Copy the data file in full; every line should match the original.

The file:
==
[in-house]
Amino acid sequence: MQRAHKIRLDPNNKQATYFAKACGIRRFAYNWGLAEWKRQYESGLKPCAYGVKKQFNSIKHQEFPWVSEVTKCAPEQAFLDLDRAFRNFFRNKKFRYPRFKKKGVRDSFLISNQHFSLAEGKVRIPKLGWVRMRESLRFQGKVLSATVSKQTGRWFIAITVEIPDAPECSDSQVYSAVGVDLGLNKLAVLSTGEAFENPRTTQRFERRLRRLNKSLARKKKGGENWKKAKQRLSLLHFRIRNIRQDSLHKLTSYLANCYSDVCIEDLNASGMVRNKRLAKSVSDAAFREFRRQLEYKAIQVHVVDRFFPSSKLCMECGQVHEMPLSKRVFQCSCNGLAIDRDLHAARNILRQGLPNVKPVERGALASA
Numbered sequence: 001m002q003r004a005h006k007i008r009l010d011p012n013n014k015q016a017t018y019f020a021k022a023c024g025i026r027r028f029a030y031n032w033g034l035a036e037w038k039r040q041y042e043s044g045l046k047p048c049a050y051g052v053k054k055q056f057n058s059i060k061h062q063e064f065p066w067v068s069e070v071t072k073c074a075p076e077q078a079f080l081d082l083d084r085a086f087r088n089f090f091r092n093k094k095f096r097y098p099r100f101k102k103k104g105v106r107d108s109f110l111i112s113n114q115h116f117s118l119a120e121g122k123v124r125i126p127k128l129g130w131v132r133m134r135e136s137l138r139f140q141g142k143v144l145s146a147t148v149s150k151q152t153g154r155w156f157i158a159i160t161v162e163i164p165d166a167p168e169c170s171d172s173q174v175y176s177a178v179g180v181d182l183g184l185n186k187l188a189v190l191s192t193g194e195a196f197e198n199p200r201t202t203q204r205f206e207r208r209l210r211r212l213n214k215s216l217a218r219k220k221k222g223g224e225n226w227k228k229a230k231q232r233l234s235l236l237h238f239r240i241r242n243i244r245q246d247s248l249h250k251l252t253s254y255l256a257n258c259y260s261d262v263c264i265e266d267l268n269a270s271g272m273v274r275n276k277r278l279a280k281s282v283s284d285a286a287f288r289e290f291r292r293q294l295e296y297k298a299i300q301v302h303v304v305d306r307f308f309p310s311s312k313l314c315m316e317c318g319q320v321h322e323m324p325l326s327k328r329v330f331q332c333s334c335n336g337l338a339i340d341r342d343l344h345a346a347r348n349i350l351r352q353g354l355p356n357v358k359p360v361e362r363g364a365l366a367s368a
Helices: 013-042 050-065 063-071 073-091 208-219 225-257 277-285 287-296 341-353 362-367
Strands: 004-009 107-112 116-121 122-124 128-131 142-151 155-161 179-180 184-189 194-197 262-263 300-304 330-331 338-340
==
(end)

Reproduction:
[in-house]
Amino acid sequence: MQRAHKIRLDPNNKQATYFAKACGIRRFAYNWGLAEWKRQYESGLKPCAYGVKKQFNSIKHQEFPWVSEVTKCAPEQAFLDLDRAFRNFFRNKKFRYPRFKKKGVRDSFLISNQHFSLAEGKVRIPKLGWVRMRESLRFQGKVLSATVSKQTGRWFIAITVEIPDAPECSDSQVYSAVGVDLGLNKLAVLSTGEAFENPRTTQRFERRLRRLNKSLARKKKGGENWKKAKQRLSLLHFRIRNIRQDSLHKLTSYLANCYSDVCIEDLNASGMVRNKRLAKSVSDAAFREFRRQLEYKAIQVHVVDRFFPSSKLCMECGQVHEMPLSKRVFQCSCNGLAIDRDLHAARNILRQGLPNVKPVERGALASA
Numbered sequence: 001m002q003r004a005h006k007i008r009l010d011p012n013n014k015q016a017t018y019f020a021k022a023c024g025i026r027r028f029a030y031n032w033g034l035a036e037w038k039r040q041y042e043s044g045l046k047p048c049a050y051g052v053k054k055q056f057n058s059i060k061h062q063e064f065p066w067v068s069e070v071t072k073c074a075p076e077q078a079f080l081d082l083d084r085a086f087r088n089f090f091r092n093k094k095f096r097y098p099r100f101k102k103k104g105v106r107d108s109f110l111i112s113n114q115h116f117s118l119a120e121g122k123v124r125i126p127k128l129g130w131v132r133m134r135e136s137l138r139f140q141g142k143v144l145s146a147t148v149s150k151q152t153g154r155w156f157i158a159i160t161v162e163i164p165d166a167p168e169c170s171d172s173q174v175y176s177a178v179g180v181d182l183g184l185n186k187l188a189v190l191s192t193g194e195a196f197e198n199p200r201t202t203q204r205f206e207r208r209l210r211r212l213n214k215s216l217a218r219k220k221k222g223g224e225n226w227k228k229a230k231q232r233l234s235l236l237h238f239r240i241r242n243i244r245q246d247s248l249h250k251l252t253s254y255l256a257n258c259y260s261d262v263c264i265e266d267l268n269a270s271g272m273v274r275n276k277r278l279a280k281s282v283s284d285a286a287f288r289e290f291r292r293q294l295e296y297k298a299i300q301v302h303v304v305d306r307f308f309p310s311s312k313l314c315m316e317c318g319q320v321h322e323m324p325l326s327k328r329v330f331q332c333s334c335n336g337l338a339i340d341r342d343l344h345a346a347r348n349i350l351r352q353g354l355p356n357v358k359p360v361e362r363g364a365l366a367s368a
Helices: 013-042 050-065 063-071 073-091 208-219 225-257 277-285 287-296 341-353 362-367
Strands: 004-009 107-112 116-121 122-124 128-131 142-151 155-161 179-180 184-189 194-197 262-263 300-304 330-331 338-340